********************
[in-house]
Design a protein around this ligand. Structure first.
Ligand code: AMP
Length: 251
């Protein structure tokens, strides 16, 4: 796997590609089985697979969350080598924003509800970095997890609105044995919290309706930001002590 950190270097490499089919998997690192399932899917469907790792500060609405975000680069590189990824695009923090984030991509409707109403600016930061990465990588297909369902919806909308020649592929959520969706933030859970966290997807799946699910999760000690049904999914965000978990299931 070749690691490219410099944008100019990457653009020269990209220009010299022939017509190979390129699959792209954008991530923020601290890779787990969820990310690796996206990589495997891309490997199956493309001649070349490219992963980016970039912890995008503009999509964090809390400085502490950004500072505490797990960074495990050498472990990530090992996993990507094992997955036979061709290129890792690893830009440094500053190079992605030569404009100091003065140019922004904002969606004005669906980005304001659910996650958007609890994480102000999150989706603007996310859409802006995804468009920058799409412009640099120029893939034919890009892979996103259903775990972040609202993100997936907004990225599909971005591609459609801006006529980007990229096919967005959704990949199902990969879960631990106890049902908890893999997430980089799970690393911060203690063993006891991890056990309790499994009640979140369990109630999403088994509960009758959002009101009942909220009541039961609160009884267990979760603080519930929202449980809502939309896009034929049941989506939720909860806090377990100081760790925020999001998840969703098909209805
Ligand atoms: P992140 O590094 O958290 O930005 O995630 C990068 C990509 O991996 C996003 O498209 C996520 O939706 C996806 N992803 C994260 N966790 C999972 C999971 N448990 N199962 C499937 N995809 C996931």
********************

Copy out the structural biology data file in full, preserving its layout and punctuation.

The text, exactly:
[in-house]
Design a protein around this ligand. Structure first.
Ligand code: AMP
Length: 251
């Protein structure tokens, strides 16, 4: 796997590609089985697979969350080598924003509800970095997890609105044995919290309706930001002590 950190270097490499089919998997690192399932899917469907790792500060609405975000680069590189990824695009923090984030991509409707109403600016930061990465990588297909369902919806909308020649592929959520969706933030859970966290997807799946699910999760000690049904999914965000978990299931 070749690691490219410099944008100019990457653009020269990209220009010299022939017509190979390129699959792209954008991530923020601290890779787990969820990310690796996206990589495997891309490997199956493309001649070349490219992963980016970039912890995008503009999509964090809390400085502490950004500072505490797990960074495990050498472990990530090992996993990507094992997955036979061709290129890792690893830009440094500053190079992605030569404009100091003065140019922004904002969606004005669906980005304001659910996650958007609890994480102000999150989706603007996310859409802006995804468009920058799409412009640099120029893939034919890009892979996103259903775990972040609202993100997936907004990225599909971005591609459609801006006529980007990229096919967005959704990949199902990969879960631990106890049902908890893999997430980089799970690393911060203690063993006891991890056990309790499994009640979140369990109630999403088994509960009758959002009101009942909220009541039961609160009884267990979760603080519930929202449980809502939309896009034929049941989506939720909860806090377990100081760790925020999001998840969703098909209805
Ligand atoms: P992140 O590094 O958290 O930005 O995630 C990068 C990509 O991996 C996003 O498209 C996520 O939706 C996806 N992803 C994260 N966790 C999972 C999971 N448990 N199962 C499937 N995809 C996931």